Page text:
Tuesday, May 6, 2014

The Girl you Left Behind by Jojo Moyes

Paperback: 516 pages
Genre: Fiction
Publisher:  Penguin 2012

Source:  Tywyn Public Library, Wales.
First Sentences: I was dreaming of food. Crisp baguettes, the flesh of the bread a virginal white, still steaming from the oven and ripe cheese, its borders creeping towards the edge of the plate.
Favourite Quote: “Sometimes life is a series of obstacles, a matter of putting one foot in front of the other. Sometimes, she realizes suddenly, it is simply a matter of blind faith.” 
Review Quote: Even as Moyes tackles the inflammatory issues around art stolen during wartime, she never loses sight of the driving engine of her narrative . . . this pleasurably assured writer skilfully balances the quotidian and the comic with the broad and universal, leaving us with the tantalising possibility of a potential caper to come (Independent on Sunday)
Literary Awards:  Goodreads Choice Nominee for Fiction (2013)
My Opinion: 'The Girl You Left Behind' had me so engrossed that I was reading a 100 pages a night.

Jojo Moyes is an author that slipped through my reading net between 2003 and this year when I found this title in my local public library. Having read the first three books in her back catalogue before moving to Italy, I am now planning to read her more recent novels as delighted to have rediscovered her writing. Disappointing not have read the ones I missed but maybe I will catch up with them one day. I know too many books and not enough time, but you never know! Anyway I am delighted to have rediscovered this author as 'The Girl You Left Behind' had me so engrossed that I was reading a 100 pages a night before settling down to sleep.

A dual time story about a portrait of Sophie Lefevre, the protagonist of the first part of the novel, which her husband had painted before leaving for war. She lives in occupied St Peronne France in 1914 at the outbreak of WWI, where running the family hotel Sophie and her sister are forced to cook for the German Officers. The portrait of Sophie which hangs in the hotel attracts the attention of one of the officers and he shows sympathy towards her, the problems that this causes bring up complicated questions for her to deal with.
Leaving war torn France on a cliff- hanger the story leaps forward to London in 2006 where we meet the modern day protagonist Liv Halston. Liv is a young widow and now the owner of the very same painting, given to her as a wedding present by her late husband, David. Obviously Liv is very attached to this painting and it comes as a tremendous shock to her to learn that the descendants of the original artist, Sophie's husband Edouard Lefevre are demanding its return to the family. Under a Geneva Convention ruling that prohibits the looting of civilian property during wartime, they are determined to fight for what they feel is rightfully theirs.
As you can imagine this story in both periods throws up some complex issues both personal and international for the two women. Keeping the focus on the two females Sophie and Liv this is an absorbing tale that you will have to read to find out just what does happen to the painting.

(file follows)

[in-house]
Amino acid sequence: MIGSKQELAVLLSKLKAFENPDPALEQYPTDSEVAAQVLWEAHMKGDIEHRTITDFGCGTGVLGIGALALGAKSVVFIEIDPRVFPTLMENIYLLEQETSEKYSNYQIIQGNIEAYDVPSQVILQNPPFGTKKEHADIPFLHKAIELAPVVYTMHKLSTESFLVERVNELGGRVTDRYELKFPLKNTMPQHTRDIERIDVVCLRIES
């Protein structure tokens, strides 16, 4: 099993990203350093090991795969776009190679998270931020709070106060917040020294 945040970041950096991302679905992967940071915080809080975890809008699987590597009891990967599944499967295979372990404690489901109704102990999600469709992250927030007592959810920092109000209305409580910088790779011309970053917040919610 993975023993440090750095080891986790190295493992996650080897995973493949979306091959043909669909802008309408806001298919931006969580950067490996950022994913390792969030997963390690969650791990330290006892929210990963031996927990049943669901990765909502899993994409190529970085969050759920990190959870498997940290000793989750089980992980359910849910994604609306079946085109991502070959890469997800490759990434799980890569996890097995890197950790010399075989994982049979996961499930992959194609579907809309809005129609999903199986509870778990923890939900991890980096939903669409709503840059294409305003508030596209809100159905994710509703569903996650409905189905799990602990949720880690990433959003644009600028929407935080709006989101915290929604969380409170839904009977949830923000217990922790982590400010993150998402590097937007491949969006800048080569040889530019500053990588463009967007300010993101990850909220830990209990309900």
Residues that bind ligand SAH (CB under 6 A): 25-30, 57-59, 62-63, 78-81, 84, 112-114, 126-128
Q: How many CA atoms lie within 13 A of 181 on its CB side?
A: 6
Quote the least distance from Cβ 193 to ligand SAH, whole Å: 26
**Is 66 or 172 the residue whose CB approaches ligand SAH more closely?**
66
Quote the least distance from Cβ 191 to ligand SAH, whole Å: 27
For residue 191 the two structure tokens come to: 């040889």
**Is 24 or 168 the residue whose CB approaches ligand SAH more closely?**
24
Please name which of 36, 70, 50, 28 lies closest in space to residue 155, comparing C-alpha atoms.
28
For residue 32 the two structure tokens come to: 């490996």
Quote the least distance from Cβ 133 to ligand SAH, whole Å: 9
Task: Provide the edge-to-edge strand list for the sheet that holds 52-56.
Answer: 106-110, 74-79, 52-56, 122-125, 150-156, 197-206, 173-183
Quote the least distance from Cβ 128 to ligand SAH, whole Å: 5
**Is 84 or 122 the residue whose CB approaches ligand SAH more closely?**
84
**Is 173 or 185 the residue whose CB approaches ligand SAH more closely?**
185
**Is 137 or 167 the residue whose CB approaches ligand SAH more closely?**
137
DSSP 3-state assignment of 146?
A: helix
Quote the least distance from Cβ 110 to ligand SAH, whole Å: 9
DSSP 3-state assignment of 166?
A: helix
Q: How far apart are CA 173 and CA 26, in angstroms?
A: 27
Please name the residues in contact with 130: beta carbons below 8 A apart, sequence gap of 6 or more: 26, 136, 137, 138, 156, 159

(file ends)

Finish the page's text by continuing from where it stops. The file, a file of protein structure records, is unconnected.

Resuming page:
This is a great read and will appeal to many readers, not just Jojo Moyes fan base as it covers different genres. 
Personally I am certainly looking forward to getting my hands on a copy of Jojo Moyes latest novel as soon as possible.  

Author Profile

Jojo Moyes was born in London, UK in 1969 she is a British novelist and journalist.  She studied at Royal Holloway, University of London.   In 1992, she won a bursary financed by The Independent newspaper to attend the postgraduate newspaper journalism course at City University, London. She subsequently worked for The Independent for the next 10 years, except for one year, when she worked in Hong Kong for the Sunday Morning Post. In 2001 she left to work as a novelist full time, although she continues to write articles for The Daily Telegraph.

One of only a few authors to have won the Romantic Novelists' Association's Romantic Novel of the Year Award twice, in 2004 for Foreign Fruit  and in 2011 for "The Last Letter From Your Lover" 

She and her husband journalist Charles Arthur live in Saffron Walden, Essex with their three children.


  • Sheltering Rain (2002)
  • Foreign Fruit (2003) (published in the US as Windfallen)
  • The Peacock Emporium (2004) (published in German as Suzanna's Coffee-Shop)
  • The Ship of Brides (2005)
  • Silver Bay (2007)
  • Night Music (2008)
  • The Horse Dancer (2009)
  • The Last Letter From Your Lover (2010)
  • Me Before You (2012)
  • Honeymoon In Paris
  • The Girl You Left Behind (2012)
  • "The One Plus One" (2014)

As you will have noticed from the review I am disappointed to have missed out on Jojo Moyes novels between 2005 and 2012. Checking back I did review The Peacock Emporium in the early days of this blog.

The biographical information and photo used in this post are with thanks to the following websites, where you can also find more information about the author and her writing.


  1. HMMM I've never read her. Added this to my TBR list.

    1. I do not think you will regret adding Jojo Moyes to your TBR list Jackie.


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